WTIU50: WTIU’s First News Broadcast was a Chilly Run-In with the Blizzard of ‘78

January 1, 2019
A snowy image of Indiana University's campus for WTIU's special report on the Blizzard of 1978.
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On January 25, 1978, a polar jet stream merged with a subtropical jet stream to form a cacophony of snow, ice and wind that enveloped much of the Midwest. It would be known as the Blizzard of ’78.

For the next several days, life in Indiana came to a standstill. Indianapolis was hit with 15.5 inches of snowfall; the storm still holds the record for the most snow in one month in the city – 30.6 inches.

According to the National Weather Service, Governor Otis Bowen declared a snow emergency for the entire state on January 26. The Indiana Bell Telephone Company shut down all non-emergency phone traffic.  Emergency personnel rode snowmobiles to deliver medicine and rescue people. And Governor Bowen even had National Guard tanks mobilize onto Interstate 65 to remove stranded semi-trucks.

It was the first time the NWS issued a Blizzard Warning in Indiana, and for good reason: 11 people in Indiana died as a result of the storm.

Down in Bloomington, conditions closed off much of the town. One resident recounted to the Herald-Times (then the Herald-Telephone) how he used his cross-country skis to get around an empty Indiana University campus. Another recalled being unable to get the newspaper in the storm, so the local television station read it over the air.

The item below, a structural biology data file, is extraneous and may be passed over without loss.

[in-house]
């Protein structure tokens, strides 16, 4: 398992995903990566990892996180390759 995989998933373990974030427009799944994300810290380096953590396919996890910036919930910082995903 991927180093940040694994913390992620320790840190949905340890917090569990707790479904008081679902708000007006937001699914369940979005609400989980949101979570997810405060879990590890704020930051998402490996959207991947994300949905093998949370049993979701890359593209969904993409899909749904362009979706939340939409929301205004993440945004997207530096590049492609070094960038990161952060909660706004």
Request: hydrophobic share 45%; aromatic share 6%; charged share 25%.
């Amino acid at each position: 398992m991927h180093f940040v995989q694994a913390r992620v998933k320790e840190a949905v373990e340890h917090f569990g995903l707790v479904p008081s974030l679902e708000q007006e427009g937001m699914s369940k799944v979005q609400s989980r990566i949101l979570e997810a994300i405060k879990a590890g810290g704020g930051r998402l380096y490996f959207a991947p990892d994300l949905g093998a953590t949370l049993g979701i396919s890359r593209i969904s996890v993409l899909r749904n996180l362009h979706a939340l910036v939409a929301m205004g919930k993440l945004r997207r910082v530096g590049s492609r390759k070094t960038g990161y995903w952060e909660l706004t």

That station was WTIU, still less than 10 years old at the time. WTIU didn’t have its own local news department back then, although WFIU did. But the need to get news out during the blizzard became so evident that the station conducted a live broadcast to give updates on conditions and closings.

You can check out a clip of the broadcast below. It’s a bit rocky, but it’s a fascinating time capsule of a TV station still getting its live broadcast sea legs.

On it, WTIU Public Affairs’ Katie Larson is joined by WFIU News Director Margaret Joseph, City of Bloomington Coordinator of Public Works Jim Wray, Indiana Daily Student Editor-in-Chief Hunt Helm and IDS reporter Phil Kincade.

It’s an informal show that took place on a set built for another program, but it gave WTIU’s audience a chance to interact with the station in real time.

Of course, this special was far from the only news show WTIU would produce. But we’ll take a look at those – and how we arrived at Indiana Newsdesk – another time.


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